By Korin Miller – Self
Your circulatory system, which propels blood throughout your body, is a work of art. But sometimes it can go awry and cause blood clots, which can be life-threatening. One specific type of blood clot that you’ve probably heard of—and maybe even worried about—is deep vein thrombosis (DVT).
DVT happens when blood clumps up in one of the veins deep inside your body, typically in your legs, according to the National Heart, Lung, and Blood Institute (NHLBI). Sometimes this kind of clot can dissolve without causing damage, but other times it can break off, travel to your lungs, and block blood flow. This is what’s known as a pulmonary embolism, and it can lead to organ damage or, in the most severe cases, even death.
Blood clots don’t always cause symptoms, but when they do, they’re likely to affect your legs. This is where clots tend to originate because gravity can cause blood to pool there, Sean Fischer, M.D., medical oncologist and hematologist at Providence Saint John’s Health Center in Santa Monica, California, tells SELF. You might experience swelling, cramping or soreness, red or discolored skin, or a feeling of warmth, according to the Centers for Disease Control and Prevention. If a blood clot travels to your lungs, it can cause shortness of breath, chest pain, dizziness or fainting, a rapid pulse, or even coughing up blood.
If you experience any signs of deep vein thrombosis or a pulmonary embolism, you need to seek medical attention immediately. With that said, it’s always good to brush up on knowledge of various health issues before one becomes a medical emergency. That’s especially true for blood clots, since there may actually be some steps you can take to prevent them.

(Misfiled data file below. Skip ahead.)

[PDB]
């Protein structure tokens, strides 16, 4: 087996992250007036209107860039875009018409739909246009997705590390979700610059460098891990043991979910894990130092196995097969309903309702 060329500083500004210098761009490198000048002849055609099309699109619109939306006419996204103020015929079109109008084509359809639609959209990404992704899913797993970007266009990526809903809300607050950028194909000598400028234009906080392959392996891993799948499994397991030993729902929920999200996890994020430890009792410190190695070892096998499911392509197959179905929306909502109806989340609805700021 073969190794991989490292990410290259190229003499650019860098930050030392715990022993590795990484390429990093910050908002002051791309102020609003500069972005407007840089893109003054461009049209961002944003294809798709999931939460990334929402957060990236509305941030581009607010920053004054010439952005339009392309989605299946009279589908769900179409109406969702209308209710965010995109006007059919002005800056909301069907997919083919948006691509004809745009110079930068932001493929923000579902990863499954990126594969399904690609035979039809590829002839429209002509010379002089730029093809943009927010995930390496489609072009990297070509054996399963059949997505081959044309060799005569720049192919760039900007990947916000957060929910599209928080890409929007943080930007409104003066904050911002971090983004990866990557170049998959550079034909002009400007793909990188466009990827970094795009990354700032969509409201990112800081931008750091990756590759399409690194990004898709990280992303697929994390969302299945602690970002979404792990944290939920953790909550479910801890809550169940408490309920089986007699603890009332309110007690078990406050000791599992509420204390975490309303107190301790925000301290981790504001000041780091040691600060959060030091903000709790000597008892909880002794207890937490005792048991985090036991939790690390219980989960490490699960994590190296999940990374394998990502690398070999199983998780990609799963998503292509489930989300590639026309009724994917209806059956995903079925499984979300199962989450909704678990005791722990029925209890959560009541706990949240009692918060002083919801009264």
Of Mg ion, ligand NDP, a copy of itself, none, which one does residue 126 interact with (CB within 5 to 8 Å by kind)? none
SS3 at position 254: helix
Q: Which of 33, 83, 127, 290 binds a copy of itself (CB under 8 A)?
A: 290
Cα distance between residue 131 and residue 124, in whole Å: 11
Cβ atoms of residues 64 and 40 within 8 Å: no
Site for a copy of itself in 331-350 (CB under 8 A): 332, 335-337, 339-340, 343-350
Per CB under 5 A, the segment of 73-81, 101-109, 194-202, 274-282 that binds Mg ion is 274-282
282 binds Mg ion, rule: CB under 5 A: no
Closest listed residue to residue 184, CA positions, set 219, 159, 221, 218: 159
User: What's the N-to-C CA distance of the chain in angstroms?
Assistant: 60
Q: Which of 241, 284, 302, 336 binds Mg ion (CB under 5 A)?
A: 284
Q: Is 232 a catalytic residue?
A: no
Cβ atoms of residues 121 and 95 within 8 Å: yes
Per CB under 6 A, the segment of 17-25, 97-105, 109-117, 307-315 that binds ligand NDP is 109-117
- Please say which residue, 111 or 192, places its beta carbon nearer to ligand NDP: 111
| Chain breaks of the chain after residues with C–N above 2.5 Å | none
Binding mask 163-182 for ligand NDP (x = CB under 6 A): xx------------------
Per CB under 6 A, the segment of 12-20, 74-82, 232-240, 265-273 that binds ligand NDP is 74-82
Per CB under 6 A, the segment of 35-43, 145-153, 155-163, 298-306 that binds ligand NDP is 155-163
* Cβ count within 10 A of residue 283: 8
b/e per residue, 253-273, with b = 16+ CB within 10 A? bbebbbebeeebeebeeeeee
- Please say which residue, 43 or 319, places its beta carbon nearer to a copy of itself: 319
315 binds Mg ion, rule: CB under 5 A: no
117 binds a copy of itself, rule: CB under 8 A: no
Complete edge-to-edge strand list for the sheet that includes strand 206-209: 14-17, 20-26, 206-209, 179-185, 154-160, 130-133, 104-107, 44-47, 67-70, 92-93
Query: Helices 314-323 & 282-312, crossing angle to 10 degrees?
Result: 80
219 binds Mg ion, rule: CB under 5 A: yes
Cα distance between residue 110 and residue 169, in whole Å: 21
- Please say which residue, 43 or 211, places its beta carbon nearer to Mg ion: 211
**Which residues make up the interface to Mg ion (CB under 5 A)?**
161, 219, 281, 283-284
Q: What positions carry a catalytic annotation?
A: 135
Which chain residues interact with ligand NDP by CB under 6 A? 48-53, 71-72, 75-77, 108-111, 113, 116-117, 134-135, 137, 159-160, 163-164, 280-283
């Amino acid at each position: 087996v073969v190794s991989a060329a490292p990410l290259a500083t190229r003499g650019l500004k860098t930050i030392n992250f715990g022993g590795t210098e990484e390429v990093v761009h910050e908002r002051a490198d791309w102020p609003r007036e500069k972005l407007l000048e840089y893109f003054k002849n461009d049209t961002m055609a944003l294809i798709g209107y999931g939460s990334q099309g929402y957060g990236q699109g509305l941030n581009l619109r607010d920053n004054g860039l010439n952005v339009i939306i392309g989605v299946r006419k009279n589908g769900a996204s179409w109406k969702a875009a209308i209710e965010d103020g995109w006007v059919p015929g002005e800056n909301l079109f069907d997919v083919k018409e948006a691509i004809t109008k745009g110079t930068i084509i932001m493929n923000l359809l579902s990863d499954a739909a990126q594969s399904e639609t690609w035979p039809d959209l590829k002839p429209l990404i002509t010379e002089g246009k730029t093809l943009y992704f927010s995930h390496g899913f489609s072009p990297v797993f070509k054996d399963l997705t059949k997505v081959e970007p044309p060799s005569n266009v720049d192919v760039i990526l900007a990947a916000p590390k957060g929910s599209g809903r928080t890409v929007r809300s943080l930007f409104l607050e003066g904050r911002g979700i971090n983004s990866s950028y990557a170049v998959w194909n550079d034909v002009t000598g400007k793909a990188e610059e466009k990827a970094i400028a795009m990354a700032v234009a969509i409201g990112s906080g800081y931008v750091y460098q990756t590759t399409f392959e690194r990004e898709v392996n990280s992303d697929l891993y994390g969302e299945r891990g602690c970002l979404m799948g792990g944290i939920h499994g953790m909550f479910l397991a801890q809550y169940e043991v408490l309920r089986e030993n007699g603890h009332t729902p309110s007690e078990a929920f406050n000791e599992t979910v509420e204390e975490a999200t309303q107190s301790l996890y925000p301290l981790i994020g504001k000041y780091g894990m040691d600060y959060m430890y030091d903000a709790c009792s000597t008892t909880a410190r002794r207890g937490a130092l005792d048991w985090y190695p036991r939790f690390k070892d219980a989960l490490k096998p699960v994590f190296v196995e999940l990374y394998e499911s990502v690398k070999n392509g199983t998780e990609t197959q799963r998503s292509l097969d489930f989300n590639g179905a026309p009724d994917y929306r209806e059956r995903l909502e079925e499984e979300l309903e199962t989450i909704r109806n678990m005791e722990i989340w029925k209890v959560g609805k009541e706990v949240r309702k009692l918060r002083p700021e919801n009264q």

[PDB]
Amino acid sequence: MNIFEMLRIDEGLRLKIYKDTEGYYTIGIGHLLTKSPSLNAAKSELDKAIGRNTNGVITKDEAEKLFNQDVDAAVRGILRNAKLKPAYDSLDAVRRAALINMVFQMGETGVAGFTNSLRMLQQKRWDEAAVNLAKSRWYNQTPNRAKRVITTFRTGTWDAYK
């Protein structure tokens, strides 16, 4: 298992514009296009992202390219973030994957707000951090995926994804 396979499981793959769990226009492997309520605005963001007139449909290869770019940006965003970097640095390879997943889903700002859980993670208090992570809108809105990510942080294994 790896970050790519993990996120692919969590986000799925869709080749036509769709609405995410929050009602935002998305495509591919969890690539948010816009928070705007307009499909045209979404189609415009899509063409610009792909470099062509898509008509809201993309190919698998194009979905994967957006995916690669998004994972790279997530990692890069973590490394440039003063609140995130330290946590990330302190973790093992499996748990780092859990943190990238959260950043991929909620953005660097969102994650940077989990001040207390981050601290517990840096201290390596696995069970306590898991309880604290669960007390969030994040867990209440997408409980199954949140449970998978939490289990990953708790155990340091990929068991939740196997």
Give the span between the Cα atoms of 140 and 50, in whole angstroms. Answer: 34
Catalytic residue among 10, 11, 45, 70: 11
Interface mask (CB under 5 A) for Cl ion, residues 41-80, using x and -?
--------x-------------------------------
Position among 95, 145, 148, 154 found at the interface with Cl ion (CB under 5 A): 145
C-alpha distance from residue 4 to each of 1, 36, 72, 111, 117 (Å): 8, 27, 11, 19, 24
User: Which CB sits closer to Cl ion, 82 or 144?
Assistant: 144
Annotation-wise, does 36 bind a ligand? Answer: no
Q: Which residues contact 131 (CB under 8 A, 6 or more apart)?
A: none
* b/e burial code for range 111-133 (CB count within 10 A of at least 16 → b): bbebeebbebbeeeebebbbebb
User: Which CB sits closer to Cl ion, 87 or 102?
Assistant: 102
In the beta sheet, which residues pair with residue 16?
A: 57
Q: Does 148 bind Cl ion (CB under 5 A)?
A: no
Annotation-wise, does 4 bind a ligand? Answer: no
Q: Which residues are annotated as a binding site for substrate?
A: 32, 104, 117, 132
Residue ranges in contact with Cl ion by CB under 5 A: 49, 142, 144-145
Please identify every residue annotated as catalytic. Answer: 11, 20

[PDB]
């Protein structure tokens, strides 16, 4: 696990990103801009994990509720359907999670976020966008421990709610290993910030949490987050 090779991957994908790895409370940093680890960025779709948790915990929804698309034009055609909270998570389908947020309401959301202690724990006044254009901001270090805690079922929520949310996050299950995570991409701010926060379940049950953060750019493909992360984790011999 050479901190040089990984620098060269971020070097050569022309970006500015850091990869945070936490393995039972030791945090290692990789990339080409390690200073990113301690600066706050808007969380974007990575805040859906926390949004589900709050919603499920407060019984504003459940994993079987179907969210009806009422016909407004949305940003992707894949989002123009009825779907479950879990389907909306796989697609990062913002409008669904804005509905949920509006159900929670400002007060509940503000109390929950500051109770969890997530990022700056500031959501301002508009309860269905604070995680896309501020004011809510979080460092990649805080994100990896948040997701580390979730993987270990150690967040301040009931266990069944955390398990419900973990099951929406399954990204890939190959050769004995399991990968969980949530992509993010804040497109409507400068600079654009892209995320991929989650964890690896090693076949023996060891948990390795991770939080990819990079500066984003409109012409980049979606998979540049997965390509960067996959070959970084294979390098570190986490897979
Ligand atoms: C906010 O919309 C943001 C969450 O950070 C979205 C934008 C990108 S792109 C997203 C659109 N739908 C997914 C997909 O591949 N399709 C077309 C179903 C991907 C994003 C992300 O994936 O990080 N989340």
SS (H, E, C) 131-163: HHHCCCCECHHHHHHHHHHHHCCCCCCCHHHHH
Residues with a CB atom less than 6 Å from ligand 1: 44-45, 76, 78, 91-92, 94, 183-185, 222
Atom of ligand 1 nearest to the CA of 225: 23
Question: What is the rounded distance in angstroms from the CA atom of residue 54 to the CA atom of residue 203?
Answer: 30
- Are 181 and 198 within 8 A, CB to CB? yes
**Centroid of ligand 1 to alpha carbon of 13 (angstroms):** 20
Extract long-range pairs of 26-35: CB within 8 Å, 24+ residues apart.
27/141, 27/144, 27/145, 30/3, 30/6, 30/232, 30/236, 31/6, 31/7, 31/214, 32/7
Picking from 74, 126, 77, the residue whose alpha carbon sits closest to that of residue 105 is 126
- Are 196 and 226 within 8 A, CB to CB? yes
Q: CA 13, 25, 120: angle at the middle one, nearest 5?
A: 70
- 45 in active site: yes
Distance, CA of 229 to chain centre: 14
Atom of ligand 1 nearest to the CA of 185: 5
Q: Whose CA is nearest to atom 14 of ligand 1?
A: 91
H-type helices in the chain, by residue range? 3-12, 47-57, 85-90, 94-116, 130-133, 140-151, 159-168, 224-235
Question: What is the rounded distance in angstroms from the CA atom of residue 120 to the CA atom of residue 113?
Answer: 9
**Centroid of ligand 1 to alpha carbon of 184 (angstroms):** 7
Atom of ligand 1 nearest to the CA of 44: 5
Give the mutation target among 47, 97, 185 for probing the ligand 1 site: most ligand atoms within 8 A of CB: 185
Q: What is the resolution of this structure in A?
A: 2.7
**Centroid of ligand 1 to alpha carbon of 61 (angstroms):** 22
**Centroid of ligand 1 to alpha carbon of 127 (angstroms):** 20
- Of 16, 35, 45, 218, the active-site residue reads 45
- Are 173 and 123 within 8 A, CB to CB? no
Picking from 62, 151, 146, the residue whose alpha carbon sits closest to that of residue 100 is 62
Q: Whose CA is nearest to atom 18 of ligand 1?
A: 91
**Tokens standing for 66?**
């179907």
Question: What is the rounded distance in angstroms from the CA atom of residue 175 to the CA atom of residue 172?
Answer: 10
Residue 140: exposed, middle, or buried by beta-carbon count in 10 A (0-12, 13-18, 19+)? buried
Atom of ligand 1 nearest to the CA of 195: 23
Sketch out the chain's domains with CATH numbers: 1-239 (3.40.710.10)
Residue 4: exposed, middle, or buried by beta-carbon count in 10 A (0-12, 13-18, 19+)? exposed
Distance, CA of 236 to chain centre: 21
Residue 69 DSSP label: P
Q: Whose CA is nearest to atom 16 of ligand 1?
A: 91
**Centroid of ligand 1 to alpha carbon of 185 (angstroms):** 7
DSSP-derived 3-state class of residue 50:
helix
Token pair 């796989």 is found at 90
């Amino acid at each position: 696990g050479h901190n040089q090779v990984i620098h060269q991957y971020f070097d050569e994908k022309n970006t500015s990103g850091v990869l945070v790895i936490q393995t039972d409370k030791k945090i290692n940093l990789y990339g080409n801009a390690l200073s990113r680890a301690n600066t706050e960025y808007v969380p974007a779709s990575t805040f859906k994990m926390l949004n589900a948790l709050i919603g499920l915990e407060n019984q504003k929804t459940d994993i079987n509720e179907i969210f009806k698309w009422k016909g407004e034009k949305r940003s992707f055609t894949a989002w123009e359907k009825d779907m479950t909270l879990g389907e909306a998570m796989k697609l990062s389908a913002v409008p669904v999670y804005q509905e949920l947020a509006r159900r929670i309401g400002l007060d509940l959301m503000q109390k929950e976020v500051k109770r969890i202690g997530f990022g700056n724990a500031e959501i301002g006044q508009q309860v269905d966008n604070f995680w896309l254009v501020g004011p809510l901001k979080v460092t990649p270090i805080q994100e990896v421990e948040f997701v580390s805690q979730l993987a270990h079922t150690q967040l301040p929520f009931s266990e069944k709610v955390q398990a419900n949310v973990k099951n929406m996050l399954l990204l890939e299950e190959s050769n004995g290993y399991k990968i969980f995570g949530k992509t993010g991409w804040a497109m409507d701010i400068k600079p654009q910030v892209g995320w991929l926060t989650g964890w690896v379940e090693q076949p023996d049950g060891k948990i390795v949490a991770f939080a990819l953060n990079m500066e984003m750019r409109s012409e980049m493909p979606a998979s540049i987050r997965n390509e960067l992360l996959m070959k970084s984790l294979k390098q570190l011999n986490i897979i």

There are only a few true causes of blood clots, but there are many risk factors that raise your odds of getting one—including some that you can change.
A model known as Virchow’s triad breaks down the three main causes behind blood clots. One is slower than usual blood flow, another is injury to a blood vessel, and the last is a genetic predisposition for clotting.
Various risk factors can contribute to these blood-clot causes. Some are non-modifiable risk factors, meaning you unfortunately can’t control them. But others are modifiable, as in, you can take steps to reduce your risk in these areas.
Below, you’ll find the most common risk factors for developing a blood clot. Identifying with one or even many of these doesn’t automatically mean you’ll wind up with blood clots, but it can be a sign that you should discuss your risk with your doctor.
- Being pregnant or recently postpartum
Your estrogen levels rise when you get pregnant, and they stay elevated, increasing the odds that you’ll form a clot, Dr. Fischer says.
While blood clots can happen any time during pregnancy, the third trimester can be especially risky, Dr. Ross says, because most women move less during this period. And the risk doesn’t go away as soon as a person gives birth.
A 2014 study in the New England Journal of Medicine followed over 1.6 million women and found that in the first six postpartum weeks of every 100,000 deliveries, there were 22 clot-related health incidents. Seven to 12 weeks postpartum, that number was down to three cases out of every 100,000 deliveries. After that, the risk of a blood clot went back to what it was pre-pregnancy.
“Millions of women get pregnant and don’t have blood clots,” Natalie Evans, M.D., a vascular specialist at the Cleveland Clinic, tells SELF. However, having other risk factors on this list can increase your odds, so it’s important to discuss your full medical situation with your doctor, Dr. Evans says.
- Being on combined hormonal birth control